LaSalle took a long-term, asset lifecycle approach to sustainability at this property, believing that exceptional outcomes can be realized without millions of dollars in capital expenditure.
In 2014, Invesco Real Estate acquired 321 Exhibition Street, a 30,200 square meter office building in Melbourne, Australia.
The property is a 20-level office/retail building constructed in 1990. It was fully refurbished and upgraded with modern specifications in 2011.
Upon acquisition, improvement works have been carried out to upgrade the building’s National Australian Built Environment Rating System (NABERS) Energy rating from 5.5 to 6 Stars, where 6 stars represents market leading performance. The time period to achieve this current rating took about 9 to 12 months and costs around AUD100,000.
Galaxis is located in the heart of one-north district, a 200-hectare development designed to host a cluster of world-class research facilities and business park space, and target end-users engaged in Biomedical Sciences, Infocomm Technology, Media, Physical Sciences and Engineering.
The project’s objective is to develop a sustainable business park building that would achieve a higher BCA Green Mark Platinum standard. Key features include extensive greenery, recycling bins at common areas, high efficiency multi-tiered chiller plant and air-conditioning system, high eco-friendly interior fittings and materials, effective ETTV, as well as intelligent lighting control.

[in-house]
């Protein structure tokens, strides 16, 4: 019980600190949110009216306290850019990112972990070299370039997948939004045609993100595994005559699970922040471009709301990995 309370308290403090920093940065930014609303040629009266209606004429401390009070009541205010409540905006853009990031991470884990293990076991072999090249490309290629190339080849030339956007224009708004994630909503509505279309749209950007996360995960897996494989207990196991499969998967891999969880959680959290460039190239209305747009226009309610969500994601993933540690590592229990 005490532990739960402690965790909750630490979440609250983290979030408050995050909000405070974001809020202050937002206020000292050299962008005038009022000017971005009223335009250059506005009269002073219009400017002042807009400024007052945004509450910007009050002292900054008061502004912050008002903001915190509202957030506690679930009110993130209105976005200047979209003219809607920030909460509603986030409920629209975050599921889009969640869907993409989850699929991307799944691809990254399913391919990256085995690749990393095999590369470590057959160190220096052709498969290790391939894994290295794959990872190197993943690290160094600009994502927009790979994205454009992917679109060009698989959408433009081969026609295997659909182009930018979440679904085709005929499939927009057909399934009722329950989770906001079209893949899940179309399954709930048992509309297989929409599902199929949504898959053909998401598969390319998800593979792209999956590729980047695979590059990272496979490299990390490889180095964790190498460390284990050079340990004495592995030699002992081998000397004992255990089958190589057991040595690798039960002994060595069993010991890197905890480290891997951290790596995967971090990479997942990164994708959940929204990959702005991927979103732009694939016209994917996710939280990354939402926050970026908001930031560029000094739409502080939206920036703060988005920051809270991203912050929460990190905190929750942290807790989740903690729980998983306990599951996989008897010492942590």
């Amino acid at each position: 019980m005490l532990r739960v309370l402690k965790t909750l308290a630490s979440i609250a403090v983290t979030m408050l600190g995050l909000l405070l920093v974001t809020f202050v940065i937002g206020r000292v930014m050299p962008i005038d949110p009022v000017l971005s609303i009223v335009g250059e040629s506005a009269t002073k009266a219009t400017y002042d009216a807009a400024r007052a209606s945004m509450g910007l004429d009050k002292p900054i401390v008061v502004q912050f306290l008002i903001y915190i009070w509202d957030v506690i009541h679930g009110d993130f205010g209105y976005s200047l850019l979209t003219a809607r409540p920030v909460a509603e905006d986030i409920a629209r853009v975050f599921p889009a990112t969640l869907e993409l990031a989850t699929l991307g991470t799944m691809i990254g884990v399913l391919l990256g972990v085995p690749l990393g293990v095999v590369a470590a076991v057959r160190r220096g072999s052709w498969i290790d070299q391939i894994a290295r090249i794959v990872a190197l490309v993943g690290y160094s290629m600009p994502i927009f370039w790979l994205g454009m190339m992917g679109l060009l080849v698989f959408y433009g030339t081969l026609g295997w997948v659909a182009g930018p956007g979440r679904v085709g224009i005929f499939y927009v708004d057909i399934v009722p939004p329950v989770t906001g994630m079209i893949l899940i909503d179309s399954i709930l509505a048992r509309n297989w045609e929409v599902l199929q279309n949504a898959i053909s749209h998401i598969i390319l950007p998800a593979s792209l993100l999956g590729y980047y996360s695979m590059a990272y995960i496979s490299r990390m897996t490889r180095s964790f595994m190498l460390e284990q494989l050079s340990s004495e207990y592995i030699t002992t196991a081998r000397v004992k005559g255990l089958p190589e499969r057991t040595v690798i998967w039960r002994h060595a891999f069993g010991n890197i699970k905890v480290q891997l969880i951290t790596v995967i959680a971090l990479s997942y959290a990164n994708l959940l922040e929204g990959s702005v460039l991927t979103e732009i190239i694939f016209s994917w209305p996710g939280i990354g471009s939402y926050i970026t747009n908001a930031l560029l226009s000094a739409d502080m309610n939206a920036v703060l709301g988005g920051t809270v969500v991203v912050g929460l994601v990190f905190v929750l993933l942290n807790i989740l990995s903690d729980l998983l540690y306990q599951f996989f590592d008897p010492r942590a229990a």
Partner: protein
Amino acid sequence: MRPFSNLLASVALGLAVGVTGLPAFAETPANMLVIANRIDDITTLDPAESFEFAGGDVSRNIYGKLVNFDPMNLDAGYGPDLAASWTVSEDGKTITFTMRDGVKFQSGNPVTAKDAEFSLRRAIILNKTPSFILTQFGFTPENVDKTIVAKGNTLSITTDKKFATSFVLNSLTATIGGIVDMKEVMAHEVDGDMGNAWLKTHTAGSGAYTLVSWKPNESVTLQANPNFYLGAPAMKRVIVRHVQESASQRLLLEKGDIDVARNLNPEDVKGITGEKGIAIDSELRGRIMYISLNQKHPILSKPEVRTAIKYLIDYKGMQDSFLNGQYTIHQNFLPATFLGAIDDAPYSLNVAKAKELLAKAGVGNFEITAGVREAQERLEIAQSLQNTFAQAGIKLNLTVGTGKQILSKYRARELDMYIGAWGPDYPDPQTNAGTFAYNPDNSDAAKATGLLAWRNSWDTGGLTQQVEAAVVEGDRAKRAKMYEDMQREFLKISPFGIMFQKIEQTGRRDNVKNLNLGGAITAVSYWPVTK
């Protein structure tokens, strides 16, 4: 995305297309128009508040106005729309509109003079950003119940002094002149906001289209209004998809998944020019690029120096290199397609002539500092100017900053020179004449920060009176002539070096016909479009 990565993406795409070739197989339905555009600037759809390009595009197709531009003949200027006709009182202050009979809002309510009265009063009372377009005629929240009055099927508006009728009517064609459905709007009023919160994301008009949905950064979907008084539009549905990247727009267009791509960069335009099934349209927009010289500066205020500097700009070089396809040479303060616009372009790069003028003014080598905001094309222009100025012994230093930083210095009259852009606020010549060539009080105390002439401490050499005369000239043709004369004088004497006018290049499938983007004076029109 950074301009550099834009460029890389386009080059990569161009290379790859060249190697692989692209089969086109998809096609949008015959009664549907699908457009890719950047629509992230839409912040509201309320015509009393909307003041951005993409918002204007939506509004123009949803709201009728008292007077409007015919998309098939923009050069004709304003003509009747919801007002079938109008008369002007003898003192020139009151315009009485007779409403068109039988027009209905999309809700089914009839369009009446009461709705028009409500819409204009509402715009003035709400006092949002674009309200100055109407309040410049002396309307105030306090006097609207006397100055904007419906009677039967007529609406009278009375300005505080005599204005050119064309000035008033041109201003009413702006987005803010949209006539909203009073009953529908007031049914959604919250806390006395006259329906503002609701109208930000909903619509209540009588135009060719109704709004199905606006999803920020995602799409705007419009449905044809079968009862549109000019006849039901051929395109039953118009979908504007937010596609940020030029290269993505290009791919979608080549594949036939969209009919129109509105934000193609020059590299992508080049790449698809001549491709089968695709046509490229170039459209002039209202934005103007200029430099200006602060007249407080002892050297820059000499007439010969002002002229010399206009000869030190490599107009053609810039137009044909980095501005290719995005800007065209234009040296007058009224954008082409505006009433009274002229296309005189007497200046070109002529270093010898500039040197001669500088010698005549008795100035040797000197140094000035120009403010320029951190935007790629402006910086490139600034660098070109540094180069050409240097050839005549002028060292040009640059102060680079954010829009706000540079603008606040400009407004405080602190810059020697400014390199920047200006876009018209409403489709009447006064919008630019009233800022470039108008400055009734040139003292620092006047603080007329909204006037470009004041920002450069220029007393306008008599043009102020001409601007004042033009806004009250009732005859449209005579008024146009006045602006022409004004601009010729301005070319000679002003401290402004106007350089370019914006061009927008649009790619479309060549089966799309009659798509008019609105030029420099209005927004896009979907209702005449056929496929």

Galaxis was designed to achieve more than 30% energy consumption saving against the Singapore Building Control (Environmental Sustainability) Regulation 2008. This translates to an estimated energy and water consumption savings of S$0.9 million per annum.
Chateau Mount Tai is a high-quality neo-Chinese residential development located in Tai’an city at the foot of Mount Tai. White Peak (“WP”), a Swedish fund manager and developer, acquired the land in 2014 and developed it with a vision to create one of the most iconic ecocommunity in this famous and historically significant city.
The project received exceptional sales result with transaction price of 30% higher than market competitors. Chateau Mount Tai has become an iconic development in Tai’an bringing new living standard to the local market. The success of Chateau Mount Tai was followed with a second investment from White Peak in Tai’an.
Garden Square is the oasis in the Jing’an district, Shanghai. Completed in 2013, with a 10,000 sqm garden full of greenery and paths that allows busy people to feel at ease, Garden Square aims to be one of the most environmental friendly and unique commercial buildings in Shanghai.
In 2016, it has undergone further improvements and achieved LEED platinum certification. It has achieved the highest score within the LEED scale for office in China and thereby it has set the new standard for office buildings in China.
In June 2013 Cromwell Property Group acquired a portfolio of 6 assets from the New South Wales Government (GPNSW) with a lease back provision, including a Green Lease that required the parties to work towards achieving a number of prescribed sustainability objectives.